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Your children’s health: addressing pertussis (whooping cough)

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Pertussis, known more commonly as whooping cough, is a serious and potentially fatal infection that has begun to increase among those not vaccinated against it.

Pertussis is a highly contagious disease that is spread through the air by cough. It begins with cold symptoms and a cough that can worsen within one to two weeks. According to the New York State Department of Health, pertussis can lead to long hospitalizations and is particularly dangerous for infants.

Since the 1980s, the number of reported pertussis cases has gradually increased in the United States. In 2005, more than 25,000 cases of pertussis were reported in the United States, the highest number since 1959. In 2012, New York was ranked third highest in the United States for pertussis. New York is not alone. States across the country are seeing increases in pertussis. Several factors are thought to be affecting the uptick in cases: waning immunity, increasing numbers of unvaccinated children and adults, and improved awareness of the resurgence of pertussis, leading to improved reporting and diagnosis.

Pertussis can affect people at any age. Children who are too young to be fully vaccinated and those who have not yet completed the series of vaccines are at highest risk for severe illness.

Infants—especially those younger than six months—are most likely to have severe symptoms if they develop pertussis. When possible, young infants should be kept away from people with a cough.

Children who have been around someone with pertussis could become sick, even if their shots are up to date.

Symptoms of pertussis

Pertussis symptoms usually include a long series of coughs (“coughing fits”) followed by a whooping noise. However, older children, adults and very young infants might not develop the whooping sound. The cough is often worse at night and cough medicines usually do not help alleviate it.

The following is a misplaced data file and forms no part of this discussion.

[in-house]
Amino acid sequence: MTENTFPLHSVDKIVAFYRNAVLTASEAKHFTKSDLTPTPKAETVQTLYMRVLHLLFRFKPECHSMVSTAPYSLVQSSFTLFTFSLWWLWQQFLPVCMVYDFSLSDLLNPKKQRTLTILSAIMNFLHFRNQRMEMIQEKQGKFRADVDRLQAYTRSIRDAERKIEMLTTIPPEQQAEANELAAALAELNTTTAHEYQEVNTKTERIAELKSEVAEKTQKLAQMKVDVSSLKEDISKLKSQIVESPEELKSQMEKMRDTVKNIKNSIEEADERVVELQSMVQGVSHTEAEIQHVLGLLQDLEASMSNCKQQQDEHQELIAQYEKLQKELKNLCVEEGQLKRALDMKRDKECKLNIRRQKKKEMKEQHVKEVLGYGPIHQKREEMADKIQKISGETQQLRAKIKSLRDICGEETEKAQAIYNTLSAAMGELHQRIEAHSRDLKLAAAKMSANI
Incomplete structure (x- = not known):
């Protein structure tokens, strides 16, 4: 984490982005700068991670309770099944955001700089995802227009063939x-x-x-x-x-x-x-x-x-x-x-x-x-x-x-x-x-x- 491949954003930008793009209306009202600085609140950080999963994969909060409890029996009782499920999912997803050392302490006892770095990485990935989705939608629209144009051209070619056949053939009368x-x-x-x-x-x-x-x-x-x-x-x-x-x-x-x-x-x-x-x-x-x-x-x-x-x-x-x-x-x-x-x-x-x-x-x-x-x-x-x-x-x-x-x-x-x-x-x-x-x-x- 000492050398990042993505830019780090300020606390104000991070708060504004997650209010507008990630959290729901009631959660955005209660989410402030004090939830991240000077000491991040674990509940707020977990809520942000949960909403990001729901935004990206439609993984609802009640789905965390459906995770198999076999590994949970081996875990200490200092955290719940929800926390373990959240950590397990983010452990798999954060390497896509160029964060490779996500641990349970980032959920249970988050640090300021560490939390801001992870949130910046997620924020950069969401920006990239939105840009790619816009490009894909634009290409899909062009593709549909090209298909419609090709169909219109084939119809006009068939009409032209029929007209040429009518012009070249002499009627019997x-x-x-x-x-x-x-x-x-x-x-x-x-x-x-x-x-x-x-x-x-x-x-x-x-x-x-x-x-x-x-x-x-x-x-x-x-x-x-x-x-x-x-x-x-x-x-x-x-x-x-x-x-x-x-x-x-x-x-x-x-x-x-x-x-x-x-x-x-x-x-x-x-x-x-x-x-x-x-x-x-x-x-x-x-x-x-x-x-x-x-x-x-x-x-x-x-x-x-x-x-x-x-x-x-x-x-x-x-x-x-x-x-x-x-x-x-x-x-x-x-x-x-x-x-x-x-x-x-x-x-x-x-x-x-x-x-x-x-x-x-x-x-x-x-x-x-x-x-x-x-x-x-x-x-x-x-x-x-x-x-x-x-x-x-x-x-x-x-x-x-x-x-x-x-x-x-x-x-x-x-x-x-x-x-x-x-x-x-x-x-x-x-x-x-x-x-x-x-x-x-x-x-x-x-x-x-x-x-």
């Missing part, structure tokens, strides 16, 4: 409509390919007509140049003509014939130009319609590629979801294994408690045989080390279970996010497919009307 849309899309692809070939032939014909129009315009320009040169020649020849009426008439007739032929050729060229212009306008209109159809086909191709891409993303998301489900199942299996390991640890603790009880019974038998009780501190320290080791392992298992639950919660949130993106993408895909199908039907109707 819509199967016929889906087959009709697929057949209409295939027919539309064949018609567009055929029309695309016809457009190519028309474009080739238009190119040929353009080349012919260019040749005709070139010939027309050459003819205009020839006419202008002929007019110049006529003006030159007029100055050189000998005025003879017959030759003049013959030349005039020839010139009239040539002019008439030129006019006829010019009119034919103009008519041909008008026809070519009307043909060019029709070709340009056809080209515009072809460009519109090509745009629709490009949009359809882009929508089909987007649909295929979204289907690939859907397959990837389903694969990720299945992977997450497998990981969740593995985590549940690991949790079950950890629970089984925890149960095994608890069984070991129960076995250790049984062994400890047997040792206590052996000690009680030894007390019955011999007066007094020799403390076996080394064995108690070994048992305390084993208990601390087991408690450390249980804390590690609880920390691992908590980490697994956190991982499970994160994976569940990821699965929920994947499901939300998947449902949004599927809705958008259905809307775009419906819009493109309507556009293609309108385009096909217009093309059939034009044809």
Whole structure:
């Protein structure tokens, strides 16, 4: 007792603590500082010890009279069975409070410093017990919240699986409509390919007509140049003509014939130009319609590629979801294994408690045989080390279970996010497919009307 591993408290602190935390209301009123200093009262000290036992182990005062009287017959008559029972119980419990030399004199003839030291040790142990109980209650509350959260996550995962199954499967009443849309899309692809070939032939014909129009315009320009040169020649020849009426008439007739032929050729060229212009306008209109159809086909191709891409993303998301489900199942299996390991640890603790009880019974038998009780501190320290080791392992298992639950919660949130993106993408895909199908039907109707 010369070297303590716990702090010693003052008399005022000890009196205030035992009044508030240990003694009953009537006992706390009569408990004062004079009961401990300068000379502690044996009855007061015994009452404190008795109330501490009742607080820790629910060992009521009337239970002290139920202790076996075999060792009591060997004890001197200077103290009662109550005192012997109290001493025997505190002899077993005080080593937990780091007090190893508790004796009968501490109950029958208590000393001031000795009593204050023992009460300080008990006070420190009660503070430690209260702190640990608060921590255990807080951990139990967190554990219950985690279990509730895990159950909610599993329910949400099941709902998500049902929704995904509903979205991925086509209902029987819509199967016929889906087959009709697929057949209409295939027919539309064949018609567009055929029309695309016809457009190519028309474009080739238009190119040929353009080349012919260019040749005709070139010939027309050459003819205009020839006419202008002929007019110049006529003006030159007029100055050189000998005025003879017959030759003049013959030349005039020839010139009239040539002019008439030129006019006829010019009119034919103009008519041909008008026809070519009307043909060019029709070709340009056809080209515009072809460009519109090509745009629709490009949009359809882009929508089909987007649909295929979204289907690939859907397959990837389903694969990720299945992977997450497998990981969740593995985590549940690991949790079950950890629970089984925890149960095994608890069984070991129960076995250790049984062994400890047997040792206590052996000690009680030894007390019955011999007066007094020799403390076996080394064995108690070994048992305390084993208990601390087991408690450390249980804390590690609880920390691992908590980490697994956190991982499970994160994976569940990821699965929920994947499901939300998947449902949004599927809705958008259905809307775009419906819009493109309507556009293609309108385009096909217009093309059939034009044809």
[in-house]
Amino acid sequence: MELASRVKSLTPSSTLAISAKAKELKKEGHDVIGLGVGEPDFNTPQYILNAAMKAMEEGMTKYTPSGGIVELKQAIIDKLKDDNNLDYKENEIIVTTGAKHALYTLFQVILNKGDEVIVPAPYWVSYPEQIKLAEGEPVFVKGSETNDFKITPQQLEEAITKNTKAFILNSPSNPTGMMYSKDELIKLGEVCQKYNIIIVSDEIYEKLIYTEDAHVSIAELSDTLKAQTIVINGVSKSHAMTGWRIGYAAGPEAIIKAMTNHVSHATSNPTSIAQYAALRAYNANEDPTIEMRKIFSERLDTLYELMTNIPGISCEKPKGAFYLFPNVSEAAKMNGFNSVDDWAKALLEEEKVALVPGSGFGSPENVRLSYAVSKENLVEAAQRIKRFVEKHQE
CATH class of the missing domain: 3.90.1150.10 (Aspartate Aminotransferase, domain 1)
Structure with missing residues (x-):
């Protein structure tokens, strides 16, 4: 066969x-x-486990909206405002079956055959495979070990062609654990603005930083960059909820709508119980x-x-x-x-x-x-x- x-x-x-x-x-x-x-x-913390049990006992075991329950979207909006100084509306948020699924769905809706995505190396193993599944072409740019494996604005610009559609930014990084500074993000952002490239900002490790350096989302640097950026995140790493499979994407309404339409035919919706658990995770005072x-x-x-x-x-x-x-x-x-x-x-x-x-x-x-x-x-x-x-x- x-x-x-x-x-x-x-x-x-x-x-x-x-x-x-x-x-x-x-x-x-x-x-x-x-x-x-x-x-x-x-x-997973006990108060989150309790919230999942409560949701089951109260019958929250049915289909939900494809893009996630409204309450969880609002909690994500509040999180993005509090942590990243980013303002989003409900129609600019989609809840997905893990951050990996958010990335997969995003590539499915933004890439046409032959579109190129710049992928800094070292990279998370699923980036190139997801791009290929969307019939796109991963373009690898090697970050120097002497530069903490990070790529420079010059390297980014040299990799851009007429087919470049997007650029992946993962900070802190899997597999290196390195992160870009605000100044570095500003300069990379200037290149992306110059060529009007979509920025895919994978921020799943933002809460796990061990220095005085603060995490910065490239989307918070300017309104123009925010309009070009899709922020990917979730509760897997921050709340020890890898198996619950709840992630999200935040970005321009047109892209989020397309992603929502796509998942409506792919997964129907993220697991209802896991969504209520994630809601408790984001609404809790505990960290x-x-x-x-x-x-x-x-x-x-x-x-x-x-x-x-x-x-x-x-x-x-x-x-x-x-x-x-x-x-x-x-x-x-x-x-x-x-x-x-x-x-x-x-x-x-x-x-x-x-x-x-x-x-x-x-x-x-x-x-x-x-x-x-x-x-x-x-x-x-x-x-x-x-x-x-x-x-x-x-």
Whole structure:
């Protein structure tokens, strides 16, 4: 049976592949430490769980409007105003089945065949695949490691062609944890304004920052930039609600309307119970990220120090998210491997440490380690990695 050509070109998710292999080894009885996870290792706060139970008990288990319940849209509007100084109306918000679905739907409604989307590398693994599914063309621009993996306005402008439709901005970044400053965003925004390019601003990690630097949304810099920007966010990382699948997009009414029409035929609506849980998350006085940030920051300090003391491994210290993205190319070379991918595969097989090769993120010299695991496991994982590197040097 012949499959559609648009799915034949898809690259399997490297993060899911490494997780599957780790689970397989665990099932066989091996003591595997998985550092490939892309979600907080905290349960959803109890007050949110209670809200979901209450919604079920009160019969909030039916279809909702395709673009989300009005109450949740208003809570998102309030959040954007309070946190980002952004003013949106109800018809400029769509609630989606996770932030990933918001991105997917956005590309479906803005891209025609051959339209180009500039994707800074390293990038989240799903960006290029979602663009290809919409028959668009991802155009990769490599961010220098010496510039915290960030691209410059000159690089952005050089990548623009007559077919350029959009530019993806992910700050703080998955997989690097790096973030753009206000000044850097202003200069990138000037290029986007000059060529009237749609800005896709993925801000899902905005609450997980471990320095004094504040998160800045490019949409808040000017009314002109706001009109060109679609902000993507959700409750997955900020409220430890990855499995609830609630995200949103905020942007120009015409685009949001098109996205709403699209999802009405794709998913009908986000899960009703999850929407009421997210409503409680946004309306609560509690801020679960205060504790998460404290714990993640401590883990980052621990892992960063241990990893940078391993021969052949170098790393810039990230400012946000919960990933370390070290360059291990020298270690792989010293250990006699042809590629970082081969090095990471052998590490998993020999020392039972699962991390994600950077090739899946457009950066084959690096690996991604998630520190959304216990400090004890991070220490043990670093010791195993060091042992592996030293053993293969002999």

Other symptoms of pertussis include a slight fever, vomiting, turning blue or difficulty breathing.

Major complications of pertussis are more common among infants and young children and could include pneumonia, middle ear infection, loss of appetite and sleep disturbance.

Parents who suspect their child has been in contact with someone with pertussis should contact their family physician. Antibiotics may prevent the child from becoming ill. If the child is already sick, giving antibiotics early can help shorten the duration of the illness and lessen the chances of the disease being spread to others.

Pertussis is most dangerous in infants who are too young to be vaccinated.

If untreated, a person can transmit pertussis from onset of symptoms to three weeks after the onset of coughing episodes. The period of communicability is reduced to five days after treatment with antibiotics.

Notifying others of illness
According to the Centers for Disease Control and Prevention (CDC), if a child is diagnosed with pertussis by his or her doctor, parents should notify the child’s school.

School nurses then call their local health departments to verify that the student has, indeed, been diagnosed with pertussis. They are careful not to report suspected cases, only reacting to cases that have been formally diagnosed with a lab test.

Once doctors diagnose pertussis, they also are required to report it to their respective county health departments. County health departments, however, also receive notification through the New York State

Electronic Laboratory System, to which the State Department of Health also is connected.

Once a case has been confirmed, the child’s school alerts parents of children who have been in contact with the affected student. Privacy laws, however, prohibit the school from releasing any information that would reveal the identity of the sick student. So, letters home likely will only state from which building or grade level the child is.
County health departments often work with the doctor to follow up with the family to make sure the proper care is being carried out and doing what they call “contact tracing,” which is notifying those who might have been exposed to the disease.

School officials likely will request that parents keep their children home from school and activities, such as sports or play groups, until children have been on antibiotics for five days to treat pertussis.
County health officials say notification that children may have come in contact with a child infected with pertussis means that parents should watch for symptoms. Visit the doctor if a child begins exhibiting cold-like symptoms and a mild cough or fever.

Preventing pertussis with vaccinations
According to the CDC, neither vaccination nor natural infection with pertussis guarantees lifelong protective immunity against the disease. Because immunity decreases after five to 10 years from the last pertussis vaccine dose, older children, adolescents and adults are at risk of becoming infected.

However, vaccination is the best protection against the disease and the number of cases is still far fewer than before vaccines. The CDC recommends getting all children and adults fully vaccinated against pertussis.

Children who are seven years of age and older can receive a vaccine called Tdap, which may give them additional protection.

Further reading:

CDC’s pertussis homepage:
http://www.cdc.gov/Pertussis/about/index.html

Fact sheet on pertussis from the NYS Health Department: http://www.health.ny.gov/diseases/communicable/pertussis/fact_sheet.htm

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